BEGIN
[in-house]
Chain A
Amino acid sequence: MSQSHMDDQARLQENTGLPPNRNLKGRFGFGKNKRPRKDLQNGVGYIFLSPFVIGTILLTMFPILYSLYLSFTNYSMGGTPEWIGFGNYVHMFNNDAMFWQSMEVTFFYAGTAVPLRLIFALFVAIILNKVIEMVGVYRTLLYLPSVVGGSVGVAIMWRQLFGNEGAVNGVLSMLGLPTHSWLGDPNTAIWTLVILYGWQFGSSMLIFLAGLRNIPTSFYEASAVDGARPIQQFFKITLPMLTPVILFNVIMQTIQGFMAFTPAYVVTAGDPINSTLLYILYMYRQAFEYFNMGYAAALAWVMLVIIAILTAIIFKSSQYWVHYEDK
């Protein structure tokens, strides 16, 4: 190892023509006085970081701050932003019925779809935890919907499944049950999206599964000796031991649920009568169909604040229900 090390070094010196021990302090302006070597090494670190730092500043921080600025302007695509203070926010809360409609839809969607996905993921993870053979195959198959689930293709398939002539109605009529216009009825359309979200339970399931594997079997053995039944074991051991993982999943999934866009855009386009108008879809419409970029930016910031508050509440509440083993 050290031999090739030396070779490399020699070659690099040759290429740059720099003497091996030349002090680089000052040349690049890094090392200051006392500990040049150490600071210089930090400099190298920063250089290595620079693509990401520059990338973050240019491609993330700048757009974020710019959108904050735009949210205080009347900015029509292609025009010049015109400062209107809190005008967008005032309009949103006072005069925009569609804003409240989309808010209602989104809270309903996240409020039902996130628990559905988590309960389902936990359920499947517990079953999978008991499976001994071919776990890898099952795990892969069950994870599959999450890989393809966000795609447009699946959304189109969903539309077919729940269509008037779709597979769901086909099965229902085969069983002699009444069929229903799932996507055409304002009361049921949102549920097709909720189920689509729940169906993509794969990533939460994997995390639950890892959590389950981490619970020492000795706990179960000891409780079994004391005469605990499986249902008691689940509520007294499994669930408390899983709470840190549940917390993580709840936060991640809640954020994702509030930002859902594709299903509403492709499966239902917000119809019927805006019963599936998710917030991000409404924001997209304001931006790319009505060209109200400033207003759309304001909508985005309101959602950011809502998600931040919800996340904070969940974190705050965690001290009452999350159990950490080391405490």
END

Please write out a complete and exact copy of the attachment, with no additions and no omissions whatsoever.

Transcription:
[in-house]
Chain A
Amino acid sequence: MSQSHMDDQARLQENTGLPPNRNLKGRFGFGKNKRPRKDLQNGVGYIFLSPFVIGTILLTMFPILYSLYLSFTNYSMGGTPEWIGFGNYVHMFNNDAMFWQSMEVTFFYAGTAVPLRLIFALFVAIILNKVIEMVGVYRTLLYLPSVVGGSVGVAIMWRQLFGNEGAVNGVLSMLGLPTHSWLGDPNTAIWTLVILYGWQFGSSMLIFLAGLRNIPTSFYEASAVDGARPIQQFFKITLPMLTPVILFNVIMQTIQGFMAFTPAYVVTAGDPINSTLLYILYMYRQAFEYFNMGYAAALAWVMLVIIAILTAIIFKSSQYWVHYEDK
């Protein structure tokens, strides 16, 4: 190892023509006085970081701050932003019925779809935890919907499944049950999206599964000796031991649920009568169909604040229900 090390070094010196021990302090302006070597090494670190730092500043921080600025302007695509203070926010809360409609839809969607996905993921993870053979195959198959689930293709398939002539109605009529216009009825359309979200339970399931594997079997053995039944074991051991993982999943999934866009855009386009108008879809419409970029930016910031508050509440509440083993 050290031999090739030396070779490399020699070659690099040759290429740059720099003497091996030349002090680089000052040349690049890094090392200051006392500990040049150490600071210089930090400099190298920063250089290595620079693509990401520059990338973050240019491609993330700048757009974020710019959108904050735009949210205080009347900015029509292609025009010049015109400062209107809190005008967008005032309009949103006072005069925009569609804003409240989309808010209602989104809270309903996240409020039902996130628990559905988590309960389902936990359920499947517990079953999978008991499976001994071919776990890898099952795990892969069950994870599959999450890989393809966000795609447009699946959304189109969903539309077919729940269509008037779709597979769901086909099965229902085969069983002699009444069929229903799932996507055409304002009361049921949102549920097709909720189920689509729940169906993509794969990533939460994997995390639950890892959590389950981490619970020492000795706990179960000891409780079994004391005469605990499986249902008691689940509520007294499994669930408390899983709470840190549940917390993580709840936060991640809640954020994702509030930002859902594709299903509403492709499966239902917000119809019927805006019963599936998710917030991000409404924001997209304001931006790319009505060209109200400033207003759309304001909508985005309101959602950011809502998600931040919800996340904070969940974190705050965690001290009452999350159990950490080391405490």